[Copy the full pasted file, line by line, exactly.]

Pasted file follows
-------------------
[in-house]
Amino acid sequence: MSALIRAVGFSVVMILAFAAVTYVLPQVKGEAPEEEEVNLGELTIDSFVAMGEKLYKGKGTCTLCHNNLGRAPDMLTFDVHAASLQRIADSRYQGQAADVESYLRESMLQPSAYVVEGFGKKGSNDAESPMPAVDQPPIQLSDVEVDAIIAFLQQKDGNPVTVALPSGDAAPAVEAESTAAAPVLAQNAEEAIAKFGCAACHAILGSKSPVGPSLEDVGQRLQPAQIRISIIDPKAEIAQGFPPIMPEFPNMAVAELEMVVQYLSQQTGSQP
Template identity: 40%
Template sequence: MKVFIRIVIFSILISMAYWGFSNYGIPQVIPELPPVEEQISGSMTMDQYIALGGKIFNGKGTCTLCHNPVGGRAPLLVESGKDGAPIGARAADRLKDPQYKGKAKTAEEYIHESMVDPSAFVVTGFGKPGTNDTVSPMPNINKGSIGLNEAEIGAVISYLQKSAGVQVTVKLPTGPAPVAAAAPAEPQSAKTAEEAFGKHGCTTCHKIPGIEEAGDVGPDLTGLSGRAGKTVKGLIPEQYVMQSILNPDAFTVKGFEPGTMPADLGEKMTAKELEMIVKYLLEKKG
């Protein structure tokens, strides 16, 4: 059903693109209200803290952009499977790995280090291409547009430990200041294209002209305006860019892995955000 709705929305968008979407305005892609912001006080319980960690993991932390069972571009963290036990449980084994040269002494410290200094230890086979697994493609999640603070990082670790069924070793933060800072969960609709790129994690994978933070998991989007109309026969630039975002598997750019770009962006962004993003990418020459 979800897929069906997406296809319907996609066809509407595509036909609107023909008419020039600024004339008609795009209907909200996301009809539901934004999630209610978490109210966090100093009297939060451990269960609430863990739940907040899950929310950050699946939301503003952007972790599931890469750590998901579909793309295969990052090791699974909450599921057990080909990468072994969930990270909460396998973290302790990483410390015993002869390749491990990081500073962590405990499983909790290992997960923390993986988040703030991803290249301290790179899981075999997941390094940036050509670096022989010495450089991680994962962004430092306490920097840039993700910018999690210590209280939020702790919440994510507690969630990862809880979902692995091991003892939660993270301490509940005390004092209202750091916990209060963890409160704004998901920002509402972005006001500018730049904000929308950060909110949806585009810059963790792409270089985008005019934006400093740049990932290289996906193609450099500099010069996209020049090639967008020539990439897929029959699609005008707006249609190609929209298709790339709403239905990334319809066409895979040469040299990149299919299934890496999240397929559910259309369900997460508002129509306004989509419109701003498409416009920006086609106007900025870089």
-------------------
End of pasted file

[in-house]
Amino acid sequence: MSALIRAVGFSVVMILAFAAVTYVLPQVKGEAPEEEEVNLGELTIDSFVAMGEKLYKGKGTCTLCHNNLGRAPDMLTFDVHAASLQRIADSRYQGQAADVESYLRESMLQPSAYVVEGFGKKGSNDAESPMPAVDQPPIQLSDVEVDAIIAFLQQKDGNPVTVALPSGDAAPAVEAESTAAAPVLAQNAEEAIAKFGCAACHAILGSKSPVGPSLEDVGQRLQPAQIRISIIDPKAEIAQGFPPIMPEFPNMAVAELEMVVQYLSQQTGSQP
Template identity: 40%
Template sequence: MKVFIRIVIFSILISMAYWGFSNYGIPQVIPELPPVEEQISGSMTMDQYIALGGKIFNGKGTCTLCHNPVGGRAPLLVESGKDGAPIGARAADRLKDPQYKGKAKTAEEYIHESMVDPSAFVVTGFGKPGTNDTVSPMPNINKGSIGLNEAEIGAVISYLQKSAGVQVTVKLPTGPAPVAAAAPAEPQSAKTAEEAFGKHGCTTCHKIPGIEEAGDVGPDLTGLSGRAGKTVKGLIPEQYVMQSILNPDAFTVKGFEPGTMPADLGEKMTAKELEMIVKYLLEKKG
């Protein structure tokens, strides 16, 4: 059903693109209200803290952009499977790995280090291409547009430990200041294209002209305006860019892995955000 709705929305968008979407305005892609912001006080319980960690993991932390069972571009963290036990449980084994040269002494410290200094230890086979697994493609999640603070990082670790069924070793933060800072969960609709790129994690994978933070998991989007109309026969630039975002598997750019770009962006962004993003990418020459 979800897929069906997406296809319907996609066809509407595509036909609107023909008419020039600024004339008609795009209907909200996301009809539901934004999630209610978490109210966090100093009297939060451990269960609430863990739940907040899950929310950050699946939301503003952007972790599931890469750590998901579909793309295969990052090791699974909450599921057990080909990468072994969930990270909460396998973290302790990483410390015993002869390749491990990081500073962590405990499983909790290992997960923390993986988040703030991803290249301290790179899981075999997941390094940036050509670096022989010495450089991680994962962004430092306490920097840039993700910018999690210590209280939020702790919440994510507690969630990862809880979902692995091991003892939660993270301490509940005390004092209202750091916990209060963890409160704004998901920002509402972005006001500018730049904000929308950060909110949806585009810059963790792409270089985008005019934006400093740049990932290289996906193609450099500099010069996209020049090639967008020539990439897929029959699609005008707006249609190609929209298709790339709403239905990334319809066409895979040469040299990149299919299934890496999240397929559910259309369900997460508002129509306004989509419109701003498409416009920006086609106007900025870089």